It’s important to note that visibility through work design is not about having the Big Boss peering over your shoulder, making sure you’re actually doing what you’re supposed to be doing. Far from it. It’s about creating a mutually beneficial, collaborative and empowering process by which managers gain a greater appreciation for and understanding of what their employees are doing, while employees get the chance to measure their progress, advocate for what they need and redesign their work according to their strengths and business goals.
💡Tip: Map out the work currently being done using a Miro board, Trello board, good ol’ fashioned pen and paper, or a platform like Beamible, to deconstruct your roles, projects and all the things you spend your time on. This does not have to be a huge time-intensive activity! We’re talking a quick, directional and intuitive view of the ‘buckets’ of work you do, how much time you spend on them, and labelling or tagging the nature of that work. Investing the time and energy upfront will help you save a tonne more later. Being able to demonstrate quantitative impact on productivity and work health with time-series data is a game changer.
There are a large number of meetings that aren’t necessary, and we need to do a better job of identifying what they are, and reducing them. But how? Start by looking at the time spent in internal or administrative meetings across your team. Discuss ways to eliminate or reduce those meetings, or reduce the number of people who attend to only those directly required for meeting outcomes. Then categorise the nature of the meetings, noting if they’re high-importance, low-importance, internal, external, energising, de-energising, and so on.
Want a step-by-step guide to reduce meetings by 20% in 15 minutes? Try this ↗
Many organisations are now implementing employee engagement surveys to measure and assess how motivated and engaged employees are to perform at their best each day. Through work design, you have an opportunity to show you are listening and respond in a meaningful way to any themes that come up in engagement survey results and exit interviews. It’s all about introducing work design in an empowering way, and involving your teams in the solution.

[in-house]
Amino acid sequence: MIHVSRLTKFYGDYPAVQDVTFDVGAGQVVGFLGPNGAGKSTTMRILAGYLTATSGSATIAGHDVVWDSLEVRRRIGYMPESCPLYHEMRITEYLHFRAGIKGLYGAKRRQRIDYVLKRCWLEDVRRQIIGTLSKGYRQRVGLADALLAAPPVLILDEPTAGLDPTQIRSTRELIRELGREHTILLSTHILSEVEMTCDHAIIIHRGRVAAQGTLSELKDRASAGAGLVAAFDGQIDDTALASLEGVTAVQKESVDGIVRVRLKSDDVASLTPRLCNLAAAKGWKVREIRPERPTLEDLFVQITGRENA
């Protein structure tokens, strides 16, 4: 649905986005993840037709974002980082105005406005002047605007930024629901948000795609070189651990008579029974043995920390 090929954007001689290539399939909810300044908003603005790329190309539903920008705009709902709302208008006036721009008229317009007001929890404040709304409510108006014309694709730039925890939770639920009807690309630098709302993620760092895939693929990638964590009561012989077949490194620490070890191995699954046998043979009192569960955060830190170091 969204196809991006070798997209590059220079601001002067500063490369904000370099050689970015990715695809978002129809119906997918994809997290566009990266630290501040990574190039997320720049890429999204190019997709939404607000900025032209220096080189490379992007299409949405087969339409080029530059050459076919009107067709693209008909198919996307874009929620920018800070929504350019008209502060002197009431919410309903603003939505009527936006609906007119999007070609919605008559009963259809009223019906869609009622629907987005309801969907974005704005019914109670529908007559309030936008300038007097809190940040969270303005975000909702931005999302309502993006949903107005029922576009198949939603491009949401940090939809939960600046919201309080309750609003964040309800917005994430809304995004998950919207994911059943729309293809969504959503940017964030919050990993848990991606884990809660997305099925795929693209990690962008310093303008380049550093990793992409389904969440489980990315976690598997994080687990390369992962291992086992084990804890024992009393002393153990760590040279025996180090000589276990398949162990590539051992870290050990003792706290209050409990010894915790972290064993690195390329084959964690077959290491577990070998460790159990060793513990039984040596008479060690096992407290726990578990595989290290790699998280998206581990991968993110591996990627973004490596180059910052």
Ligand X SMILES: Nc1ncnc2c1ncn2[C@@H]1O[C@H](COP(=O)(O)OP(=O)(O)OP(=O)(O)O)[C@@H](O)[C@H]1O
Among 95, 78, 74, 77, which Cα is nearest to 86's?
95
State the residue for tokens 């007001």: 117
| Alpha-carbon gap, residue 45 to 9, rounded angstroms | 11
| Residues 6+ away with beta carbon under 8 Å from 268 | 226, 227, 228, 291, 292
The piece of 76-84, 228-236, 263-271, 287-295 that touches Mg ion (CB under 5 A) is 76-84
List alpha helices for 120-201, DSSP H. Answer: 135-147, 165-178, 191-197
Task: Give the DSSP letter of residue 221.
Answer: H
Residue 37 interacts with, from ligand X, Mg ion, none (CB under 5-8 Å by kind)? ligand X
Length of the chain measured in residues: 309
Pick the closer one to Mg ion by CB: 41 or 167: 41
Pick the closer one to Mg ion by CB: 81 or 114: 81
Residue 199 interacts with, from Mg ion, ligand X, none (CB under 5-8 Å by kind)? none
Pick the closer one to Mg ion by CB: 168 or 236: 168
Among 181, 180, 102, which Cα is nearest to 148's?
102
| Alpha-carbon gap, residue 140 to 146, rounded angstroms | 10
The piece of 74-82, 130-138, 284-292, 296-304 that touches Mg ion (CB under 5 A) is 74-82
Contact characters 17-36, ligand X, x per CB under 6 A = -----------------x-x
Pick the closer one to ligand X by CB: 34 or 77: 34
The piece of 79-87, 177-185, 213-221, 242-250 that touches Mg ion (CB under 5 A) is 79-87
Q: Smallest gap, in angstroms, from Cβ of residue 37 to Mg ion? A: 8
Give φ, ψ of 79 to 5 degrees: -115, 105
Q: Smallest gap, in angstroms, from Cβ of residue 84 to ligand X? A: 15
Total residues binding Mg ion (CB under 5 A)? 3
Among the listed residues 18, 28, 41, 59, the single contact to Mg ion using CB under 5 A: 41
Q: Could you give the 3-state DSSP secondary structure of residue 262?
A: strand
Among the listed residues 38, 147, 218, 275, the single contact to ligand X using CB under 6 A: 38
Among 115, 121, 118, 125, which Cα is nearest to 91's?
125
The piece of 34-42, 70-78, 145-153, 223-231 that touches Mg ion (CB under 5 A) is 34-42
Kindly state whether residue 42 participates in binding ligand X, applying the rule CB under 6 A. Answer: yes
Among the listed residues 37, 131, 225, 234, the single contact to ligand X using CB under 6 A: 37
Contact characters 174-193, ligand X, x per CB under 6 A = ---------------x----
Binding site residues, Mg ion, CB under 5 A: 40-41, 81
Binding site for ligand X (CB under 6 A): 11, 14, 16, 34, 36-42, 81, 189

Some themes we commonly hear from engagements surveys include:
When it comes to flex, mature organisations communicate early and often that: ‘if you are feeling overwhelmed or that your work isn’t sustainable, we have tools and support to help you find options.’ And they actually invest in making sure that there is actually a suitable and supportive place for them to go, independently (and with manager / HR support if they are open to it) to explore their options.
💡Tip: Getting your comms right is critical to the success of work design. Find ways to celebrate stories of people who’ve made changes for the better, place links on your internal messaging platforms or LMS, and put feedback mechanisms in place to give managers a way to easily view and approve someone’s re-prioritisation or request for flex work.
Believe it or not, we weren’t born knowing how to design our work in an optimised way. Managers weren’t hired for their ability to swiftly shuffle work priorities according to business impact and employees are rapidly trying to understand the conditions in which they do their best work.
While it could be as simple as guiding managers where to go (an internal resource centre / website for conversation guides or workshops on how to spot risk of burnout, and what to do about it), work design is a skill. And like all other skills — it is one we have to learn and practice over time.
💡Tip: If you’re thinking about making broader organisational interventions to combat burnout, then you need to start by implementing a process, and investing in tooling and communications to give people access to ways they can start to self-solve, and to equip managers to have constructive, solutions-oriented conversations while driving business outcomes.
If you aren’t yet familiar with our platform, Beamible is a global first work design platform built to enable teams and employees to adapt, flex and respond to capacity gaps and work overload fast and easily.
As a cloud-based work design platform, we use tactical and technological solutions to address the growing complexities and challenges of the modern workplace, and the sobering realities if we look the other way.
Our industry-leading role design methodology enables people to focus on the most important and energising work, while revealing ways to reduce the lower value work in an effort to increase productivity and reduce burnout.
The way we approach work design is to deconstruct the work you’re currently doing into smaller bundles, analyse it and then reconstruct in a way that’s better optimised to help you reach your strategic goals.
Essentially, we help you break down the work you’re doing (minus the breakdown) — and support you to prioritise it from the perspective of the business’ strategic goals, and then build it back up so you’re spending your time as wisely as possible, on the highest value work — and the work that you love or that energises you.